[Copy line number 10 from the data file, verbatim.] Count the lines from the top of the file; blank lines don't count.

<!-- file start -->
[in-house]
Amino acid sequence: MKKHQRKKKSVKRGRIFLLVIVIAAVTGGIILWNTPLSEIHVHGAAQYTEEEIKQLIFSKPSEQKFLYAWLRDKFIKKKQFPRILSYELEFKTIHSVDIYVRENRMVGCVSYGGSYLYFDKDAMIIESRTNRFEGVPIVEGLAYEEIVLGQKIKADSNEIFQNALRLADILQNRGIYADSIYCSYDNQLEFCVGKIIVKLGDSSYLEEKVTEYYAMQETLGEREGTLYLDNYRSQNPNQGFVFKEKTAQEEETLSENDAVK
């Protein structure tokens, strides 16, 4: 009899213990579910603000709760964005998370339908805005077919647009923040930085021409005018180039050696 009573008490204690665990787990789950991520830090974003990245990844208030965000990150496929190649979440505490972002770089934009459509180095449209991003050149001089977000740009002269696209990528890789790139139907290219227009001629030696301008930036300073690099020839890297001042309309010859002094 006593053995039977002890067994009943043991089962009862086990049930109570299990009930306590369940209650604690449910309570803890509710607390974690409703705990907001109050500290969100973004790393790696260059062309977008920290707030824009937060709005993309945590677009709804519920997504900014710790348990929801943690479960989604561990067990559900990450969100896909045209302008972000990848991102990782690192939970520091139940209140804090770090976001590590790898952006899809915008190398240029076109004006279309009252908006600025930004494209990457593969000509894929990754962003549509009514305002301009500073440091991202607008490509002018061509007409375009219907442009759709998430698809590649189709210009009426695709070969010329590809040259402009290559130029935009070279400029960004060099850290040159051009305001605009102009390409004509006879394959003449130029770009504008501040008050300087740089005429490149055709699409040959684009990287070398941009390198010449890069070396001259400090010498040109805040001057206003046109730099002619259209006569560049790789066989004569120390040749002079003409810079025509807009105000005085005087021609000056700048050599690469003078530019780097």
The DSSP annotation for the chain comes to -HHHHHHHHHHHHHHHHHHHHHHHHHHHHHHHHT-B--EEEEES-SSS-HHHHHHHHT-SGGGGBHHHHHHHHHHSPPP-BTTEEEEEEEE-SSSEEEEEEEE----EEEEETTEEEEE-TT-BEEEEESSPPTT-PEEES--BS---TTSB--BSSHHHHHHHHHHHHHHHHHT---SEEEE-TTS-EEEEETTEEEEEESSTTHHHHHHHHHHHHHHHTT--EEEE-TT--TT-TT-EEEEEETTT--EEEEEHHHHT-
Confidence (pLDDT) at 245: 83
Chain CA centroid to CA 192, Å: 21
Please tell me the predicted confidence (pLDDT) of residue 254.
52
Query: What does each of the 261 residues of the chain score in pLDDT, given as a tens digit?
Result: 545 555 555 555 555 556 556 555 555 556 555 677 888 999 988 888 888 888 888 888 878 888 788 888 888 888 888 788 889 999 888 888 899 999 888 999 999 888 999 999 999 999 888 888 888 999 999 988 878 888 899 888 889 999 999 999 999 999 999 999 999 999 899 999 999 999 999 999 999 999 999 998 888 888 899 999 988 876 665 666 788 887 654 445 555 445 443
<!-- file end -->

Result: 545 555 555 555 555 556 556 555 555 556 555 677 888 999 988 888 888 888 888 888 878 888 788 888 888 888 888 788 889 999 888 888 899 999 888 999 999 888 999 999 999 999 888 888 888 999 999 988 878 888 899 888 889 999 999 999 999 999 999 999 999 999 899 999 999 999 999 999 999 999 999 998 888 888 899 999 988 876 665 666 788 887 654 445 555 445 443